This article, written by Special Publications Editor Adam Wilson, contains highlights of paper SPE 181691, “A Transient Coupled Wellbore/Reservoir Model Using a Dynamic IPR Function,” by A. Posenato Garcia, The University of Texas at Austin; P. Cavalcanti de Sousa, Texas A&M University; and P.J. Waltrich, SPE, Louisiana State University, prepared for the 2017 SPE Reservoir Simulation Conference, Montgomery, Texas, USA, 20–22 February. The paper has not been peer reviewed.
Conventional inflow-performance-relationship (IPR) models are used in coupled wellbore/reservoir transient simulations, even if bottomhole-pressure conditions are assumed to be constant on the derivation of such IPR models. The dynamic IPR model proposed in this paper not only captures the relevant reservoir dynamics from the well perspective but also is computationally more efficient than discretized models using hundreds of gridblocks to simulate the near-wellbore region.
Traditionally, well deliverability is obtained by combining IPR and vertical-flow-performance (VFP) curves. This method was first discussed in 1954 and provides snapshots of the average- bottomhole-flowing-pressure (Pwf) and average-oil-flow-rate (qo) relationships at given times in the life of the well. It fails, however, in accurately portraying the transient behavior of these variables. Transient relationships are important in the design and analysis of pressure-transient tests, design of production tubing and artificial-lift systems, reservoir management, and estimating flow rates from multiple producing zones.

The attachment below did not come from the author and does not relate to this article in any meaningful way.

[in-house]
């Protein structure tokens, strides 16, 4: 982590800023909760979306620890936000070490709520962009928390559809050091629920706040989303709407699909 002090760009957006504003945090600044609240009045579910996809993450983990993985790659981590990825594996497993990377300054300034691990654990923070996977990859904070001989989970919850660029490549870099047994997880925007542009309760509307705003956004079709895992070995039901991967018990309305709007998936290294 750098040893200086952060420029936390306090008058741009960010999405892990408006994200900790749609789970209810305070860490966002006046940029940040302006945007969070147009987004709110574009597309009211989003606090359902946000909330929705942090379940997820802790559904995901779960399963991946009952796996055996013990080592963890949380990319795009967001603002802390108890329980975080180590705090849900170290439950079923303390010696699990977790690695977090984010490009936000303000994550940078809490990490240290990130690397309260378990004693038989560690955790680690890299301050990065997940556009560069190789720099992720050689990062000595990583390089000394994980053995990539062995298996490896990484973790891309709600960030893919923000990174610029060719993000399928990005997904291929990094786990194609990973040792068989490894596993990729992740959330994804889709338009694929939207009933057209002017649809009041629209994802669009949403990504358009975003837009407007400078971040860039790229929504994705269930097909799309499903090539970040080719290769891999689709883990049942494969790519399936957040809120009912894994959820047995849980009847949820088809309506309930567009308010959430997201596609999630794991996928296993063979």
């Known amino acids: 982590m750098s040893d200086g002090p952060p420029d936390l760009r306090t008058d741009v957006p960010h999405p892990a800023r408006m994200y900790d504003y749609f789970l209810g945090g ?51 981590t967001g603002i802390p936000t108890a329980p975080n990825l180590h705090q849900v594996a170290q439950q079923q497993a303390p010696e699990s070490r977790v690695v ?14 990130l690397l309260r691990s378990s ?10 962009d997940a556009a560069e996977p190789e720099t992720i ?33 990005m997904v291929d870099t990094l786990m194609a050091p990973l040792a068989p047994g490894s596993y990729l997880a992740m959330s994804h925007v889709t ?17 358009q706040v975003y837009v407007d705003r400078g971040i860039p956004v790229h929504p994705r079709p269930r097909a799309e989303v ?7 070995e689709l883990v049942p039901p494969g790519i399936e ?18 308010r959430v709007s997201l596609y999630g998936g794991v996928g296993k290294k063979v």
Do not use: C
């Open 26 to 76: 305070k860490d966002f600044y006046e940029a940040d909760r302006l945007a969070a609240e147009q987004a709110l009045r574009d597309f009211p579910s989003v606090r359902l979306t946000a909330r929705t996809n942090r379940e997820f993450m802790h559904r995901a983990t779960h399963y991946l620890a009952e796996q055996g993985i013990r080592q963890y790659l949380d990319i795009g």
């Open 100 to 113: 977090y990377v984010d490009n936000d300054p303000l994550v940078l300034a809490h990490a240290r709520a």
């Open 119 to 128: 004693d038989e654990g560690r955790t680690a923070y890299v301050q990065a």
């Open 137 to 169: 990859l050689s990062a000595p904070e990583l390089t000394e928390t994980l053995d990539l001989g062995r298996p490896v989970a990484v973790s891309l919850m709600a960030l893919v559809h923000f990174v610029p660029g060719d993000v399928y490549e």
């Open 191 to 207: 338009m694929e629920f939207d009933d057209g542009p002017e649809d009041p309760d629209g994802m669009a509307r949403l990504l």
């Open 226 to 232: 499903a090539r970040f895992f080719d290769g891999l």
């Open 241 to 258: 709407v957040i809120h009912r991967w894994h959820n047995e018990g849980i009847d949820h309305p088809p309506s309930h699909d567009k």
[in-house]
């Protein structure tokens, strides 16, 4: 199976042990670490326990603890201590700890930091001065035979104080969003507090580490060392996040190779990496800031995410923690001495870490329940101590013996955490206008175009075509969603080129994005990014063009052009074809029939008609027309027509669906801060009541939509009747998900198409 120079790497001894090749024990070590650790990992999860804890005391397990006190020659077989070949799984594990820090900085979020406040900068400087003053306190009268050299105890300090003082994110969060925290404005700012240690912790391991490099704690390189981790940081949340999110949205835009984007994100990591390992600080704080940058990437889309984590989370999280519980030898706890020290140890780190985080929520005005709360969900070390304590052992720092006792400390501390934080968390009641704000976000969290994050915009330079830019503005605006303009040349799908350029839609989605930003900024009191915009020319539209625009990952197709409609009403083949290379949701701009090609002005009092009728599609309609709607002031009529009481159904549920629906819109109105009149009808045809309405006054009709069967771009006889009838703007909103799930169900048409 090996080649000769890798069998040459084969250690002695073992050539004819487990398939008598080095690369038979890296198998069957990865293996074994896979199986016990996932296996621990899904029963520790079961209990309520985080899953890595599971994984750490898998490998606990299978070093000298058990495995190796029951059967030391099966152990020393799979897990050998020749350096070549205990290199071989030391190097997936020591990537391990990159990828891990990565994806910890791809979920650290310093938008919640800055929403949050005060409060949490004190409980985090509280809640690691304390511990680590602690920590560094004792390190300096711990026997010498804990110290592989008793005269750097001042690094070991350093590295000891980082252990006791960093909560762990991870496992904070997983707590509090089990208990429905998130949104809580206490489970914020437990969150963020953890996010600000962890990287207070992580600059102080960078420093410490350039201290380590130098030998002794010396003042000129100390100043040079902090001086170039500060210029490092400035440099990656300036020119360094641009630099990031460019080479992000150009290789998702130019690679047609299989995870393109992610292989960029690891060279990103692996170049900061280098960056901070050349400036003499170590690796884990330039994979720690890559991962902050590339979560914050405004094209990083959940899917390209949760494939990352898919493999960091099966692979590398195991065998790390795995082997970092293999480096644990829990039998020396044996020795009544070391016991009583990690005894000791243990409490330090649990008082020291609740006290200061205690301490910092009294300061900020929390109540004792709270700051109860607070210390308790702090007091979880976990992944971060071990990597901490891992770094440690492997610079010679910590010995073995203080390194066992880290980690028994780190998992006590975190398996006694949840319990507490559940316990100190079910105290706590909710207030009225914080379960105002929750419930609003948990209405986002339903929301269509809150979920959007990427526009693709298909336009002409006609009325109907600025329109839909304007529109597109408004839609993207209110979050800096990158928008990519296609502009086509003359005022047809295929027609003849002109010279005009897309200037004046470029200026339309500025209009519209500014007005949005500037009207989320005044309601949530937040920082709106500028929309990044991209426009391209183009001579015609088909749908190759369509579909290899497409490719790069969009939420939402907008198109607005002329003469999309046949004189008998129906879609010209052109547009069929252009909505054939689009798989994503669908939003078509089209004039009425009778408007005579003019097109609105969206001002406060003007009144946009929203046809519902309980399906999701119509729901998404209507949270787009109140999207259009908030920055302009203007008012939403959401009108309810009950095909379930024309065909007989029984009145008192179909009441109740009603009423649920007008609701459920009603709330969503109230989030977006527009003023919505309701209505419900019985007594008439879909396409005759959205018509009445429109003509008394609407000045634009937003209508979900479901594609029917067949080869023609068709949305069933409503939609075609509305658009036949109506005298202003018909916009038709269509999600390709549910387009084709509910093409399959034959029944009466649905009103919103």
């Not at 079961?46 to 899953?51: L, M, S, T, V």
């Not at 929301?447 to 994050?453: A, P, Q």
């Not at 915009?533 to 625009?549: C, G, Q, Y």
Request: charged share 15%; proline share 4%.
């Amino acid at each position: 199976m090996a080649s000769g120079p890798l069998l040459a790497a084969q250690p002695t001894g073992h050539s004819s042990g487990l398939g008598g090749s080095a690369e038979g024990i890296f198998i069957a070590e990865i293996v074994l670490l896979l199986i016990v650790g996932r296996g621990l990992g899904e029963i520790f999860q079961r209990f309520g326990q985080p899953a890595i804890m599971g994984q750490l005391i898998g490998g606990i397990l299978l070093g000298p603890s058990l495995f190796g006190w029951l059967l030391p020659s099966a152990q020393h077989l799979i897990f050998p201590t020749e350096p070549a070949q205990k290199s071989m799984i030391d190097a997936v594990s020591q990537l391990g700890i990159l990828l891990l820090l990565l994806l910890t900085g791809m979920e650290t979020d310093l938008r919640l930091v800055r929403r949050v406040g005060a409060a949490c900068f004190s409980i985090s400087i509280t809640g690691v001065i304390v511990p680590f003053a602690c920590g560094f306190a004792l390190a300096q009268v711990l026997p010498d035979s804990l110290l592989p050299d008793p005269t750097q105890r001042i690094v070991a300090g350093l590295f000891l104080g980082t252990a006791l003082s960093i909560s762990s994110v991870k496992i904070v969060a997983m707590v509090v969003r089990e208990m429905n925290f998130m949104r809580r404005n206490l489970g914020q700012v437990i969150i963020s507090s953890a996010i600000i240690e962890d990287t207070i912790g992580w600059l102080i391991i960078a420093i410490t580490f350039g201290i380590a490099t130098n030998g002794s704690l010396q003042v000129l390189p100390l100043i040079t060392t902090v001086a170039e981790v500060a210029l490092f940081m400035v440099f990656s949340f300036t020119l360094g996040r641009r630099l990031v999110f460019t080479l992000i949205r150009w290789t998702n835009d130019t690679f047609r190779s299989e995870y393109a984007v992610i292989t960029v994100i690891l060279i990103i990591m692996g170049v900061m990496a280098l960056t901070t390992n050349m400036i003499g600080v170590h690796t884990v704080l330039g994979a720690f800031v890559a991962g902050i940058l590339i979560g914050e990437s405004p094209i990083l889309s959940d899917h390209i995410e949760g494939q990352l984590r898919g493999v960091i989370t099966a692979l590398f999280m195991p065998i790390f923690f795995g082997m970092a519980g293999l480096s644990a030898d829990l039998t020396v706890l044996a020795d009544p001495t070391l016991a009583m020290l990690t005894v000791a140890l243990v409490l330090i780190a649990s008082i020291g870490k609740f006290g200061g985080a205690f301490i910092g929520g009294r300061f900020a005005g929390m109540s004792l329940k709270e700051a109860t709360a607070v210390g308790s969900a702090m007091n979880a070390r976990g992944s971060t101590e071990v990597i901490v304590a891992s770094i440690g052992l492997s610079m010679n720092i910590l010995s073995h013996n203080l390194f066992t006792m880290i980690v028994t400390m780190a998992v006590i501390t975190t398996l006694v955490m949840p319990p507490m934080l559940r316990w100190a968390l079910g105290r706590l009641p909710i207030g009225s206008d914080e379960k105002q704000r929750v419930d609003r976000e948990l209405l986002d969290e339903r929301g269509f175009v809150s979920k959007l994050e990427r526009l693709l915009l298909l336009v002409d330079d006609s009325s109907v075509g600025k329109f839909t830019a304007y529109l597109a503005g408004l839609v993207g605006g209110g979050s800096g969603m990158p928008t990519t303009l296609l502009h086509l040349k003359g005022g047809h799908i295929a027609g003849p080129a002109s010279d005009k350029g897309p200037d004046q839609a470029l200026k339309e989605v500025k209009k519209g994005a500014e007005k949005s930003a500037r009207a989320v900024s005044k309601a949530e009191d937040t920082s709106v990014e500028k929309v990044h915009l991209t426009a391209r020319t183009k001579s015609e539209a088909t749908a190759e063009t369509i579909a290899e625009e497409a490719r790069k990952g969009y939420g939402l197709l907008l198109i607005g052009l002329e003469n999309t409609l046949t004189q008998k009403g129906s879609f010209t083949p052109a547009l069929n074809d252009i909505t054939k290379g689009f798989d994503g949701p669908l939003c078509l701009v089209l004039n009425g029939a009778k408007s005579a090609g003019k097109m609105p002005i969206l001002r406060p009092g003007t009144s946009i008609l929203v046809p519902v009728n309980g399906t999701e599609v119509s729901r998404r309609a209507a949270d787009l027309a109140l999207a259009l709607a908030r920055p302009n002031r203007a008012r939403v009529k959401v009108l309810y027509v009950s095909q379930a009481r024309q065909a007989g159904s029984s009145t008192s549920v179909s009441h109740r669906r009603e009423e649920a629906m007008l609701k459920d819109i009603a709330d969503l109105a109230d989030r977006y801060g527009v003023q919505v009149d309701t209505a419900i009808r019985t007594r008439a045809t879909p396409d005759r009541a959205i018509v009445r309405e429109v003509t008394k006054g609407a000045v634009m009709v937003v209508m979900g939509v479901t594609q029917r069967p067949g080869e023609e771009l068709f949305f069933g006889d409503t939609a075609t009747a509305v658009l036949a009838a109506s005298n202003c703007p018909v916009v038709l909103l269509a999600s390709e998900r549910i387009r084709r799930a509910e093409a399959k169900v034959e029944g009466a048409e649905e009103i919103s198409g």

Capturing the real behavior of these variables requires coupling the reservoir model and wellbore model. General-use coupled models rely on running reservoir simulations (accounting for near-wellbore effects) and using the output of that run as the input to the wellbore model, which, in turn, will retrofit the reservoir simulator for a new run. This can be costly and time consuming and it is not always successful or accurate. On the other hand, coupled models developed for special cases, while still relying upon simulations, are faster and provide reliable results but have no general application.
This paper introduces a new technique of coupling wellbore and reservoir models where the simulation of the reservoir response to changes in the bottomhole flowing pressure is obtained not by numerical methods but rather by solving the diffusivity equation using the Fourier transform. This mathematical tool generates time-dependent equations—the dynamic IPR—which are able to provide the reservoir response to any pressure variation, regardless of how fast or slow this change might be.
Conventional IPR models are algebraic equations correlating the bottomhole flowing pressure and the flow rate through the production-zone completion.
Because most of these models rely on correlations and experimental-data fit, it is common practice in the industry to perform well tests periodically to correct the IPR models according to the most-updated information on the fluids and reservoir parameters.
The focus of this work is on homogeneous, isotropic, circular-shaped, undersaturated oil reservoirs with a finite-diameter vertical well in the center. Thus, the authors considered IPRs that correspond to these same conditions. These IPRs are defined for three different flowing times: transient, pseudosteady state, and steady state. Please see the complete paper for the relevant equations.